So how does Holly feel about the intrusion then? Last one in, first one out right? She knows better than to compete for Rob’s affections with one placed on such an untouchable pedestal, so opts for a different tack entirely. Sure it’s a shock to her system initially, but this isn’t your average squeamish haemophobe we’re speaking of here. Moreover, she has fallen hard for Rob and knows damn well that the feeling is mutual, thus any friend of his is a friend of hers also. Naïve? Perhaps a little considering Nina possesses neither pulse or the faintest predilection to sharing. Instead the stubborn stiff makes snarky comments every time the pair engage in sexual skirmish and takes every opportunity to remind Holly that, for all her congeniality, she’ll never measure up.

“These things will stay in his head precisely because I am dead. You’re an oil painting that’s still wet. Any good memories you slather out will just get mushed in by what happens next”

Interestingly the dynamic soon begins to shift considerably, and while Rob disposes of yet another bundle of blood-soaked bed linen, it is Holly who is left to confront the specter of his dead beloved. With any vague hopes of a peace treaty blown swiftly and unceremoniously out of the water with each astringent remark, she begins to dig her heels in, “honoring” Nina in the only way she knows how, while simultaneously reminding the competition that she’s in this for the long haul and not about to be made to feel superfluous. 

In all the palava, poor Rob is starting to feel increasingly like the ghost in the portrait. Regular visits to Ninas grief-stricken parents, Dan (David Troughton) and Sally (Elizabeth Elvin), aren’t helping as their trauma is tied into his very existence and isn’t helping him shake the unbearable guilt of having survived her. Of all the lost souls on exhibit, his is perhaps the most tragic, as he is over-encumbered with emotional baggage but all the overhead compartments are full. Barry showcases his character’s misplacement exquisitely.

Lest we not forget Nina (chance would be a fine thing) and O’Shaughnessy plays her with no end of deadpan brilliance. She chides, goads, and taunts her way through every exchange, while still very much earning our sympathy. After all, she didn’t ask for to play third wheel, and has far better things to do with her time than have her clitoris politely strummed when there’s no fucking feeling. A number of her lines are incalculable and the Blaines refrain from filling her rosebuds with throwaway gags to cheapen the experience.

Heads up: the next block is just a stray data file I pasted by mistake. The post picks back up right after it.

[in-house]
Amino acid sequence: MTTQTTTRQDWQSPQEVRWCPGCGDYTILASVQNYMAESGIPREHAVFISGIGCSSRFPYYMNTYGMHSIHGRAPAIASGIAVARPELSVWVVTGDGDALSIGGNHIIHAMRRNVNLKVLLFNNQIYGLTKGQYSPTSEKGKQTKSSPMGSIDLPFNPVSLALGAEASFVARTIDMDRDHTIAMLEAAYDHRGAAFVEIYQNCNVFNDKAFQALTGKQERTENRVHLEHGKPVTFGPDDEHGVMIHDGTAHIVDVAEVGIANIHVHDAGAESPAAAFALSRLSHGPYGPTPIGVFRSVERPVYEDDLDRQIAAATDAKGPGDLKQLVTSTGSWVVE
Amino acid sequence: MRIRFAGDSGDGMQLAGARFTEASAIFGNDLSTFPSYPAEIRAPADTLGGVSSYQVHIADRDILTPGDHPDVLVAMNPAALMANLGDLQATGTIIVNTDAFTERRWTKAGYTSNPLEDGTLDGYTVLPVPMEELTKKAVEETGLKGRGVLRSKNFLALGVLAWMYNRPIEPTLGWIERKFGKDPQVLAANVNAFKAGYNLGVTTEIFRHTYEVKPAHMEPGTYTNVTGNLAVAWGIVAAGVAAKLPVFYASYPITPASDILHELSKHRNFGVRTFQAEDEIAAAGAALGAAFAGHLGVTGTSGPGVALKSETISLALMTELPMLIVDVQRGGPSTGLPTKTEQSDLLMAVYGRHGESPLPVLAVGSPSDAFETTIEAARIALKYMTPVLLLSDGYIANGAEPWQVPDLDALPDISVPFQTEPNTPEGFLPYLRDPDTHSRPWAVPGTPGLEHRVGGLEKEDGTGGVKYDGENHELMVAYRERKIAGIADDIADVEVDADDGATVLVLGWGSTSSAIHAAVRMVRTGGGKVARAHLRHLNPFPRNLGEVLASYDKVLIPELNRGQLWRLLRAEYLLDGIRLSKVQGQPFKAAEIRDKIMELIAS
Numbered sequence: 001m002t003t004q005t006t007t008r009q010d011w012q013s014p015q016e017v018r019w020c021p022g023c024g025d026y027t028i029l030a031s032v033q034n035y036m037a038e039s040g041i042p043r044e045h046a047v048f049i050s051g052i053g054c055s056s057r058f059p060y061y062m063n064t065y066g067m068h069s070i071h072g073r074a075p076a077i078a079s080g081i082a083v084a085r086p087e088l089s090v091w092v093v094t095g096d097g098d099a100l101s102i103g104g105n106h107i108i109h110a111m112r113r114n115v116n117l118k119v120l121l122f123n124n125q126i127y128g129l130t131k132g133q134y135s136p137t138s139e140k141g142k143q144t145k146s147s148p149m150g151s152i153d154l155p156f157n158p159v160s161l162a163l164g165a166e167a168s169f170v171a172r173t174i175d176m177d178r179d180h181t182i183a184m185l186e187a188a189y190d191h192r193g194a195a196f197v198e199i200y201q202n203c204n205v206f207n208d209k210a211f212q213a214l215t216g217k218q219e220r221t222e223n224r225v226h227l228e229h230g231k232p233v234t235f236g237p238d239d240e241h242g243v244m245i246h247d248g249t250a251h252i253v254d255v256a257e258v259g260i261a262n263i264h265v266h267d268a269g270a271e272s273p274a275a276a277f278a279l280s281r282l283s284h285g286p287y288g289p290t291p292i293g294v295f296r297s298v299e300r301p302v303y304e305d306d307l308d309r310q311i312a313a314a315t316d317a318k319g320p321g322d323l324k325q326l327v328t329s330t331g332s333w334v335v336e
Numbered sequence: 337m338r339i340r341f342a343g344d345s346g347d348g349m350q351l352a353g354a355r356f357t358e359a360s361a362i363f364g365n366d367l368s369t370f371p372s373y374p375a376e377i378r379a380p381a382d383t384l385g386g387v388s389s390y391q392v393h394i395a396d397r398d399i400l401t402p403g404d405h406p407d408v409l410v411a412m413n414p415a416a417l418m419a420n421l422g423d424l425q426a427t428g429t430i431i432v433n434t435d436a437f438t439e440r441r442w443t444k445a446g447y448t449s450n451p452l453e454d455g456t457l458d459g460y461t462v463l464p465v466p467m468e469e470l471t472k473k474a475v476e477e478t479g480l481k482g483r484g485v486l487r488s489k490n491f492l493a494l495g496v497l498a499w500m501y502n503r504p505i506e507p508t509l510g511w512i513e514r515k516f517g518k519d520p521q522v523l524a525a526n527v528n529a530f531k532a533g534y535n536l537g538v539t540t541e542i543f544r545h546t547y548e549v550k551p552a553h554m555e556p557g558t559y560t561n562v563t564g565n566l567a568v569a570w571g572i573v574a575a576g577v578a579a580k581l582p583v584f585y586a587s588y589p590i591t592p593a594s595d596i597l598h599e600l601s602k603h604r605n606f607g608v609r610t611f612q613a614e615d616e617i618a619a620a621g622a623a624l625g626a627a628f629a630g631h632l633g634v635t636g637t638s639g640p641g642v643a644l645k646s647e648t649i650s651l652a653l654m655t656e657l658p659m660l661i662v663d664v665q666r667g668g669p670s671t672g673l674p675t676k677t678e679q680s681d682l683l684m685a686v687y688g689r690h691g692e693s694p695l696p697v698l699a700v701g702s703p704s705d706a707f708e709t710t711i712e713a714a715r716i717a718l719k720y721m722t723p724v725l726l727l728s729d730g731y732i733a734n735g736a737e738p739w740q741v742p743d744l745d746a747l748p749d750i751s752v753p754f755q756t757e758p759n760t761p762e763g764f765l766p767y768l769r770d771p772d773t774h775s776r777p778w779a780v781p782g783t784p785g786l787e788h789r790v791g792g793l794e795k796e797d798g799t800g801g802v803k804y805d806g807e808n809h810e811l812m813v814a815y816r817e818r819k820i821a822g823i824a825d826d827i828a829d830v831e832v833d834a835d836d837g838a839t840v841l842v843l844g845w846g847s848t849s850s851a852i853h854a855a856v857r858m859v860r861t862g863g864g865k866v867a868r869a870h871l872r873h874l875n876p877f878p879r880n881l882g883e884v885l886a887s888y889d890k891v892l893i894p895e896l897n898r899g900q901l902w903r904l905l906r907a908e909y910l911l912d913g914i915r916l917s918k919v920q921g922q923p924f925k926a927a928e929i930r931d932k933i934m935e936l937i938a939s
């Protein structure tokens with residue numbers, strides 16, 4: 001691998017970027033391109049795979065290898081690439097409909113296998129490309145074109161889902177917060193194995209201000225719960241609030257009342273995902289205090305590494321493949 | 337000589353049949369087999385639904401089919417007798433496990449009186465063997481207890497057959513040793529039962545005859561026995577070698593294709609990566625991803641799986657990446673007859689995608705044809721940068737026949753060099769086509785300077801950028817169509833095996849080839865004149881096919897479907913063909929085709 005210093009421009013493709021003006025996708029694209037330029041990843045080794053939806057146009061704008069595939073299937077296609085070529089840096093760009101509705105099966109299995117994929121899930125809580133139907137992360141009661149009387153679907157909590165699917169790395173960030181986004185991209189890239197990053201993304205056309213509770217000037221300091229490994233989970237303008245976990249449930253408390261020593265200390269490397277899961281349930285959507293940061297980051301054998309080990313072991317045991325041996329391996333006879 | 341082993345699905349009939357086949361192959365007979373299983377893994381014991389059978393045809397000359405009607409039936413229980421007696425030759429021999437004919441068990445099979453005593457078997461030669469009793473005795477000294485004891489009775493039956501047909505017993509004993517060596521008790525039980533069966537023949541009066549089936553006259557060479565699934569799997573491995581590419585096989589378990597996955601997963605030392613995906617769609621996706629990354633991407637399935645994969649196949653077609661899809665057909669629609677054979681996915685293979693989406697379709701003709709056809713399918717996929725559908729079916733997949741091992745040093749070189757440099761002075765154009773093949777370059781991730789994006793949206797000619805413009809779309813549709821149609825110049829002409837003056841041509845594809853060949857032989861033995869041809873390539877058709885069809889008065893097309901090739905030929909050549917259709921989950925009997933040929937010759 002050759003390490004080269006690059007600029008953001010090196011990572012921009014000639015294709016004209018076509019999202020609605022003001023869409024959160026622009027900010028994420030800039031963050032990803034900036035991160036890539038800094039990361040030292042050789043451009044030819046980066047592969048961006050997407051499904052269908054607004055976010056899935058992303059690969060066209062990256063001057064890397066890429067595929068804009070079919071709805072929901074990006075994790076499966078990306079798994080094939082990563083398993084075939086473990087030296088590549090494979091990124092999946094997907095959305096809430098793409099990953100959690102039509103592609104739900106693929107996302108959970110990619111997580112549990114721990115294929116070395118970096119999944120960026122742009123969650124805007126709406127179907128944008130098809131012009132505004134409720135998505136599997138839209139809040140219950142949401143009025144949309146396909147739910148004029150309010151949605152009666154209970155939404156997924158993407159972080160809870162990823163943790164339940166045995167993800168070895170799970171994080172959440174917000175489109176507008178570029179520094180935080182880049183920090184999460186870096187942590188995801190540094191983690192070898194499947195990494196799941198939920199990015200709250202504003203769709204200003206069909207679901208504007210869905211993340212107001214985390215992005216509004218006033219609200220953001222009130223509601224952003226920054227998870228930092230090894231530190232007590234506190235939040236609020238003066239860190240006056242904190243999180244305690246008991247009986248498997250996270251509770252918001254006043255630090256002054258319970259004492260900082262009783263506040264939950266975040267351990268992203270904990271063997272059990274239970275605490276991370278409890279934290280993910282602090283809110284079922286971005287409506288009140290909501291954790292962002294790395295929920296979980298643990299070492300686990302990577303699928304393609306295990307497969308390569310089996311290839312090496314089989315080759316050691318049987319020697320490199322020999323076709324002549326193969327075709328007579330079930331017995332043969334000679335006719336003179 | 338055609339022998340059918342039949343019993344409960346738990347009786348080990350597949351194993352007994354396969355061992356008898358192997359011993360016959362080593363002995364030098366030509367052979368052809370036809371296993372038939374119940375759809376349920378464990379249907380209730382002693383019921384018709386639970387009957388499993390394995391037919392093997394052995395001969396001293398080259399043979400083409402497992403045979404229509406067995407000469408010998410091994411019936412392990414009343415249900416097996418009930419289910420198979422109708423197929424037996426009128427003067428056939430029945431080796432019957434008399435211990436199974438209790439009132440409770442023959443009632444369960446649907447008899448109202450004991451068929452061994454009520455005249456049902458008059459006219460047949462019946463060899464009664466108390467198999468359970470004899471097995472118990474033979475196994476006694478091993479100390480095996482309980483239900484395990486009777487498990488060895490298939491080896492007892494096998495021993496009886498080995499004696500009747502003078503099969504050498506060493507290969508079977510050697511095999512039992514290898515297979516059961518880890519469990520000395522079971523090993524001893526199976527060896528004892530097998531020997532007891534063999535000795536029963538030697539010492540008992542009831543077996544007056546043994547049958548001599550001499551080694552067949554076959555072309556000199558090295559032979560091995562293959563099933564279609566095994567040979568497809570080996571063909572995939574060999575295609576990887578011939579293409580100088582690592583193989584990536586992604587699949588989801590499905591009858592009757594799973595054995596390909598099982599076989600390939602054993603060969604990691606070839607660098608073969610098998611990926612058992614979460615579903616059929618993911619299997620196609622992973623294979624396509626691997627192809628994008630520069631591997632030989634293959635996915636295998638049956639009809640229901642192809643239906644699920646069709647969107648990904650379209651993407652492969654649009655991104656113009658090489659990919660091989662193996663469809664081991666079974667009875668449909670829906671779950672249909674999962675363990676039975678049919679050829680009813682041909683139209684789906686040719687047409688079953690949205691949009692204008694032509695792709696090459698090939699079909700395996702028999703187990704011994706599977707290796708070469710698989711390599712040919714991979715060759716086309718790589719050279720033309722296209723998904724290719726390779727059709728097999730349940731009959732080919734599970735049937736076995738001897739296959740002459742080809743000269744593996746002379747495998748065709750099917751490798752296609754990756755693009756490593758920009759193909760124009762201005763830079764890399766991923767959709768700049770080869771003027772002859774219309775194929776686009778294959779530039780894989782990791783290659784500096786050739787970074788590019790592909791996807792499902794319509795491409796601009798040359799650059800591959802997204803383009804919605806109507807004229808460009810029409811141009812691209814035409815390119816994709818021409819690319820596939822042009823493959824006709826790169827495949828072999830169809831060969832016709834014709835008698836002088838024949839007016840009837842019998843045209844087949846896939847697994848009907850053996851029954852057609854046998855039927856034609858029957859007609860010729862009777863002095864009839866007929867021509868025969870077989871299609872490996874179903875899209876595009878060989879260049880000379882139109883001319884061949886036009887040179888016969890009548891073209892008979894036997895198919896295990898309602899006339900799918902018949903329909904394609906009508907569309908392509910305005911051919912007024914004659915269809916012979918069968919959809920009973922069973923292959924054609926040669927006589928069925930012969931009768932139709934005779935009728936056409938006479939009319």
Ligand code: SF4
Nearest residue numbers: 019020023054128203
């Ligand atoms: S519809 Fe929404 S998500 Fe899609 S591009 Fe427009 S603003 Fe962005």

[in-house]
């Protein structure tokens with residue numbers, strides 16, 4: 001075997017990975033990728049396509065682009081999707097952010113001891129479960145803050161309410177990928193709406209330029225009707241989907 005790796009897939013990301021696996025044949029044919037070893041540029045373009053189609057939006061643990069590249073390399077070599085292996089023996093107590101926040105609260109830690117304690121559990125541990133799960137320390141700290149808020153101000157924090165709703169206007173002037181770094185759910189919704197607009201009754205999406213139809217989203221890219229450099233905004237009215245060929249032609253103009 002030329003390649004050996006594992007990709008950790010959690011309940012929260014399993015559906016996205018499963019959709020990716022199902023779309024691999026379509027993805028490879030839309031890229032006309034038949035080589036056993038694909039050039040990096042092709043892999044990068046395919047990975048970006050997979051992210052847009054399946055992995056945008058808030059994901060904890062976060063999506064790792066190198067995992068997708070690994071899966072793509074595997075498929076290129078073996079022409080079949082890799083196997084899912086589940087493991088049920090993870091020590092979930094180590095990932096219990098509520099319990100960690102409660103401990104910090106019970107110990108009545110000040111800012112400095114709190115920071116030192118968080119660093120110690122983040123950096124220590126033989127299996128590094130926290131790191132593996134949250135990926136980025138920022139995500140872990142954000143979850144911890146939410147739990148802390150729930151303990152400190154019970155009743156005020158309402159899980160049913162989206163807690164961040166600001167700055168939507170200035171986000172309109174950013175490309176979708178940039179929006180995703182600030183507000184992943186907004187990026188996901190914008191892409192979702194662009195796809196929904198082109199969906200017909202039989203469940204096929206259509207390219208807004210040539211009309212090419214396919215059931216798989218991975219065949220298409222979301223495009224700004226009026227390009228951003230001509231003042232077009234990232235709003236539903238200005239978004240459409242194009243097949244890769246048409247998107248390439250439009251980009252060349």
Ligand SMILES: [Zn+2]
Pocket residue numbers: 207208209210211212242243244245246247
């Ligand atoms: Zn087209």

However, the most fascinating subject here is undoubtedly Holly and Hardingham portrays her character’s thankless plight masterfully. Her wide eyes convey every last emotion effortlessly on her behalf and she takes to a tricky role with an extraordinary level of commitment. Every time we suspect that we’ve got Holly all figured out, she reminds us we don’t know squat, and every time it appears that Nina FOREVER x may be about to veer wildly off course, she ensures that things remain tangible. Better yet, with Oliver Russell’s sublime photography blowing us no end of optical kisses, there’s never any danger of a disconnect.

How we choose to translate Nina FOREVER x is entirely dependent on vantage. Does love really die like all living things? Is sex a tonic for death or merely a painful reminder? Do our relationships define us and can we define them? The Blaine Brothers are disinterested in supplying the answers, but develop their characters well enough to leave us with questions. Forget comparisons with Joe Dante’s uninspired crowd pleaser, Burying The Ex, as the two really are worlds apart. This is indie filmmaking at its most considered, unfettered and honest my friends. I could see this tattoo taking off you know.

Crimson Quill’s Judgement: 8/10

Grue Factor: 2/5

For the Grue-Guzzlers & Pelt-Nuzzlers: Rob and Holly really should think about getting a house maid as the real victim here is the bed linen. However, the real revelation is here is the sex (which is plentiful) as it manages to be fiercely erotic without ever once coming across as cheap or shoehorned in for effect. The reason for this is simple – it feels totally natural. This is what two people in love do when their desire for one another becomes too overwhelming and we feel a part of every last writhing convulsion. 

Read Burying The Ex Appraisal
Read Return of The Living Dead 3 Appraisal
Read Dead Girl Appraisal
Read Thanatomorphose Appraisal

Richard Charles Stevens

Keeper of The Crimson Quill